Chapter Nine


Beyond the Shed: friends, groups, communities

Learn to remember you got great friends, don’t forget that and they will always care for you no matter what.  Always remember to smile and look up at what you got in life

Marilyn Monroe

The midlife years are sometimes called a second adolescence, and this may clarify why friends and groups are so important for men beyond 50.  Remember your own teenage years, or look at the youth today: having a best friend, losing him, feeling part of a peer group, or falling out with one, are all hugely important.  Teenagers, like maturing men, are in a time of great change, feeling unsure who they are, needing people close to them for reassurance and even for their sense of identity.

It’s clear during adolescence that most boys lack the social skills they need, and this remains generally true as the decades roll by.  In the fifties and beyond, men’s connections with wives, kids, work colleagues are loosening: they need new friends, but often lack the skills to find them.  This Chapter builds on the previous two: your prospects of making good friends improve as you clear your shadow stuff, break out of destructive habits, and find a vision of who you want to be.  Shaping yourself from the views of your friends is unwise: better to find friends who support the choices you’ve made.

This Chapter offers guidance on the basic social skills of friendship: how to start them, sustain them, and handle conflicts.  Then we explore the many forms and functions of groups, the skills you need, and the mysteries of group dynamics.  Next we consider men’s groups: the what, why and how.  Then we explore intentional communities, which can vary hugely, but offer a lot of learning and richness.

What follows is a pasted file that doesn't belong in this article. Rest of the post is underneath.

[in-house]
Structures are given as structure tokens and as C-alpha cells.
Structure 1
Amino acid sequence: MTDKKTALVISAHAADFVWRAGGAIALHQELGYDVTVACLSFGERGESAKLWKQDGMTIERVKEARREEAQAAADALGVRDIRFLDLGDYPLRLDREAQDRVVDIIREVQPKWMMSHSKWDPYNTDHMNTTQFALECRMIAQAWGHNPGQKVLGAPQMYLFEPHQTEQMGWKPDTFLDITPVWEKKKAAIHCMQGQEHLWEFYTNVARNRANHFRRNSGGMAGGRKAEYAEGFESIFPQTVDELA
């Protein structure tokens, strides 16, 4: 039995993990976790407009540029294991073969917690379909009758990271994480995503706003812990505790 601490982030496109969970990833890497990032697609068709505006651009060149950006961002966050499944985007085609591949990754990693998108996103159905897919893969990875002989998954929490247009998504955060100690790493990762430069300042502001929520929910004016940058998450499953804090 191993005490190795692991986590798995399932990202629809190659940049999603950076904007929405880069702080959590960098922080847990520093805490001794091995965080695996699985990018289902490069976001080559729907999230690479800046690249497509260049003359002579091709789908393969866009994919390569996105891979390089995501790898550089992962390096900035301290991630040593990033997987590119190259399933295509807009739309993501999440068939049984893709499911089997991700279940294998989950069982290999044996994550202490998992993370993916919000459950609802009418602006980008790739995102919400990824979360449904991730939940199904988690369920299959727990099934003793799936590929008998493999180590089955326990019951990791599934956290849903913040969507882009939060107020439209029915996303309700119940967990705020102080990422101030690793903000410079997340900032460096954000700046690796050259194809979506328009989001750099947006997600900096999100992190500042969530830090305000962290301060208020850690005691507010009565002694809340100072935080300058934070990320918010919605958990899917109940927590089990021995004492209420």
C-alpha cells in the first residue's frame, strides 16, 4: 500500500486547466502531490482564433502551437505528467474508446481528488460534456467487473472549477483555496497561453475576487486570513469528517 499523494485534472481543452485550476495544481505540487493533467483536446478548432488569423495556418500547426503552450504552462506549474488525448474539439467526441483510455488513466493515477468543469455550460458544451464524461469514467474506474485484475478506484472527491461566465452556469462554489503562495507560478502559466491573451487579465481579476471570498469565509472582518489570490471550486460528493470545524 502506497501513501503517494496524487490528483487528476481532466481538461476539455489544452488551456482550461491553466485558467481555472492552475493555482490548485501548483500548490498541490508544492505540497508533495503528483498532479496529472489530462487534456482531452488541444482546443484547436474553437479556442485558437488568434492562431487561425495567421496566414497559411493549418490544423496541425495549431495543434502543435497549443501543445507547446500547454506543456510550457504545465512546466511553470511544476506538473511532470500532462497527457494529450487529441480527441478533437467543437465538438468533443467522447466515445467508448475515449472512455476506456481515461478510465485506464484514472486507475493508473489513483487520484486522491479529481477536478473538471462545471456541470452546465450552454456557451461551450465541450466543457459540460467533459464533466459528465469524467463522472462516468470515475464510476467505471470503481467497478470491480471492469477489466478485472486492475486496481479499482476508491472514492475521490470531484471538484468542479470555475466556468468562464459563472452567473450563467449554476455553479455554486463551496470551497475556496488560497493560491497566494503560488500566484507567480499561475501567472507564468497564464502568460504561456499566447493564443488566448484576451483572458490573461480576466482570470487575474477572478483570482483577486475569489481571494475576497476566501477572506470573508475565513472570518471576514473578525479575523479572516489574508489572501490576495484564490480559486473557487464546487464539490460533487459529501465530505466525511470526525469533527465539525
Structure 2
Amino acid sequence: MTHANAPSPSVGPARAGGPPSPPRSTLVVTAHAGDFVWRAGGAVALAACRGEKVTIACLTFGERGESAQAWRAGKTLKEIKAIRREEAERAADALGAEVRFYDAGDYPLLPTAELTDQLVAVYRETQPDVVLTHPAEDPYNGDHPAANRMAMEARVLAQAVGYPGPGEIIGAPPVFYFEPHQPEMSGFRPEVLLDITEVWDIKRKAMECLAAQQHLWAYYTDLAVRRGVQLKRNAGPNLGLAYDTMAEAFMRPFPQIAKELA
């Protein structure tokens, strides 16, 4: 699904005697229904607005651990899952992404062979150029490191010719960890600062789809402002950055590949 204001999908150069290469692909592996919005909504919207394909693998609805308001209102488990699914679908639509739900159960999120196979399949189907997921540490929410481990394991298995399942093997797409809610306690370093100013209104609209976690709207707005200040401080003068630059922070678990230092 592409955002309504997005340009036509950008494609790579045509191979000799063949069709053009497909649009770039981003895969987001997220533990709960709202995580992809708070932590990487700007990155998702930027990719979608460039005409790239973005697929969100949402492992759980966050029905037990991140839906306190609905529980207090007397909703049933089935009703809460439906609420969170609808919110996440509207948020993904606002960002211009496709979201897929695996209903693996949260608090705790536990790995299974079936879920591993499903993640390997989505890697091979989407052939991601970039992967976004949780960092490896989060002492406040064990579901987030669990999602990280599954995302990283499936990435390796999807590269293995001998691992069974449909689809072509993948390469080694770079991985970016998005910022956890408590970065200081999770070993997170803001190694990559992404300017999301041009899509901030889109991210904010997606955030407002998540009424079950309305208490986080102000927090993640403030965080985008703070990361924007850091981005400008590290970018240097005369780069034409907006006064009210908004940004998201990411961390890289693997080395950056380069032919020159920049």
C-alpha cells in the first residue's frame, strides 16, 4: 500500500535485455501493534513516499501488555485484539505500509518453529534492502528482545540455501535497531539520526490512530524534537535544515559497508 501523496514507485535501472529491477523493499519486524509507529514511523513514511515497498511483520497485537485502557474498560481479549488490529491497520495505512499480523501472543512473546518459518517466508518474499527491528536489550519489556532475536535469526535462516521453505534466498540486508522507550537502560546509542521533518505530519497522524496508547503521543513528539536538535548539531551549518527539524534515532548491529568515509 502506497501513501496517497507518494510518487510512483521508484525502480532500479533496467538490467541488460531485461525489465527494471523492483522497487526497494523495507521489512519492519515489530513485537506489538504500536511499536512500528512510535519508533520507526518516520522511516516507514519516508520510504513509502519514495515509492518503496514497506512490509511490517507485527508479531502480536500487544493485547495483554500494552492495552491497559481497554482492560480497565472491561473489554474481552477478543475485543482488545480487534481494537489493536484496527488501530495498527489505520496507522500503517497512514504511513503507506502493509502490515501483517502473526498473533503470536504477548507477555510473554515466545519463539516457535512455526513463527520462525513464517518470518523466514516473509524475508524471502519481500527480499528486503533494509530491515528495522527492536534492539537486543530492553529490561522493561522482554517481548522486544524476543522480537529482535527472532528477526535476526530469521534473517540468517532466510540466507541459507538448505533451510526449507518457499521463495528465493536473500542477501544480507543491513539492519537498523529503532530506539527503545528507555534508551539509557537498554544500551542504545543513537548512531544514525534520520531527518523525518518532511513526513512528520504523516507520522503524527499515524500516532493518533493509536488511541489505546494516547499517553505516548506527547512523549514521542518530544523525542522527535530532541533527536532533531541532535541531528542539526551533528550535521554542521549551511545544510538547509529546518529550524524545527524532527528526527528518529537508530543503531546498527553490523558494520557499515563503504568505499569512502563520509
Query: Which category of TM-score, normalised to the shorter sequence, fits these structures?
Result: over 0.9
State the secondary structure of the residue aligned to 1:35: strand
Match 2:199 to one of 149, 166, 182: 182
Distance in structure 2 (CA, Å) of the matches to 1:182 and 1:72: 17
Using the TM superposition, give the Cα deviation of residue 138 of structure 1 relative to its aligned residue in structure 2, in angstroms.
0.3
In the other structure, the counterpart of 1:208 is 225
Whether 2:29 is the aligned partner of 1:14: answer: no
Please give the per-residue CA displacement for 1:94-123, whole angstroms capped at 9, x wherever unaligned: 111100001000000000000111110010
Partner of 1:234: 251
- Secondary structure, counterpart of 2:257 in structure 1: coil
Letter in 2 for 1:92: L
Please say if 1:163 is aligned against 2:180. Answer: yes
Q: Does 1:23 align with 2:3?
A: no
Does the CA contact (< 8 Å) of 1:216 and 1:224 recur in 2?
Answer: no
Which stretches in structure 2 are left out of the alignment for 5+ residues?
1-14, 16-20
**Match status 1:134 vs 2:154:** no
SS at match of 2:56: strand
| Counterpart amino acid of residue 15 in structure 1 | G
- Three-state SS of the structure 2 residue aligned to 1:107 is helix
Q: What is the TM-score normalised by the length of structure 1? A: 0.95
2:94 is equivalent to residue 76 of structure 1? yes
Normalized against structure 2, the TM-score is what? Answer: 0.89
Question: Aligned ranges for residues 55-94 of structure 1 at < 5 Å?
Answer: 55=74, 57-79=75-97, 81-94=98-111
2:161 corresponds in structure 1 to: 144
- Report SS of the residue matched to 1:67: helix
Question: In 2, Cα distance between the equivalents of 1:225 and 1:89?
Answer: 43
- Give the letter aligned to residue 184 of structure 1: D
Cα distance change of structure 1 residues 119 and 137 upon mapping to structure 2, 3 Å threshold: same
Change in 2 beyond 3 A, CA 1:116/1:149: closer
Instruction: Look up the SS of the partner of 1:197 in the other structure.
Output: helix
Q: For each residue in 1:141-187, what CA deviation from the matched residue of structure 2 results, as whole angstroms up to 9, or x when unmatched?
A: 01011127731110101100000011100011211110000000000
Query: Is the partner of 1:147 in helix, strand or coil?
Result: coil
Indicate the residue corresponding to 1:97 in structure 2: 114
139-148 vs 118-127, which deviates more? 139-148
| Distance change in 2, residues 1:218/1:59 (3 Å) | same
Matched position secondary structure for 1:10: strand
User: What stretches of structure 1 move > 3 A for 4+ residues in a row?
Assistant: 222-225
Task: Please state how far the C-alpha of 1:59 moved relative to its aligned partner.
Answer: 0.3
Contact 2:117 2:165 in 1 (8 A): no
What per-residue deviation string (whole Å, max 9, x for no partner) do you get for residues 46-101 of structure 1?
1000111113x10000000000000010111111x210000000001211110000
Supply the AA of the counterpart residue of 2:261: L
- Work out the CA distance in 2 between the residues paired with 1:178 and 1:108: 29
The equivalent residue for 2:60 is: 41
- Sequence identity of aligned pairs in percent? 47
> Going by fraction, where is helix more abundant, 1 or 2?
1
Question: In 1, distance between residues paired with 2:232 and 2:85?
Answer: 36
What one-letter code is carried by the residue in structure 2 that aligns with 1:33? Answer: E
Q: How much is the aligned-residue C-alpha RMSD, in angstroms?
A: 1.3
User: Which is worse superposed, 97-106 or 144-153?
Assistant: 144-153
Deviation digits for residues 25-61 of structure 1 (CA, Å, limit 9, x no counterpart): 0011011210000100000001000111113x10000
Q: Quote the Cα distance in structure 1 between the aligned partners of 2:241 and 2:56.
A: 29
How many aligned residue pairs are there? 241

Are you a giver, taker or receiver?  Many men are stuck in one of these roles, but you need to balance all three.  Givers (often martyrs) exhaust themselves looking out for others, secretly hoping they’ll receive in return.  Takers will grab, demand, fight for what they want : sometimes necessary, but often not.  Receiving can be hard for men: letting in the things you need, trusting without control.

Give yourself a helicopter view of your patterns and habits with friends.  Which of these three roles do you play?  Can you see other habits: do you make new connections easily, or stick with a few long-term ones?  Do you fall out with friends and groups, or lose interest quickly?  Do you feel unheard, left on the margins?  If you don’t like what you see, set your intention to change it.  Look back at Chapter 2: maybe you’re repeating a negative story like rejection in your friendships and group roles.  Perhaps you resist going deeper because you lack the social skills, or you fear you’ll be rejected when you show the real you.  Friendship and groups can be as challenging as your main relationship, and they actually need some of the same skills.  So it’s worth revisiting Communication Skills in Chapter 3.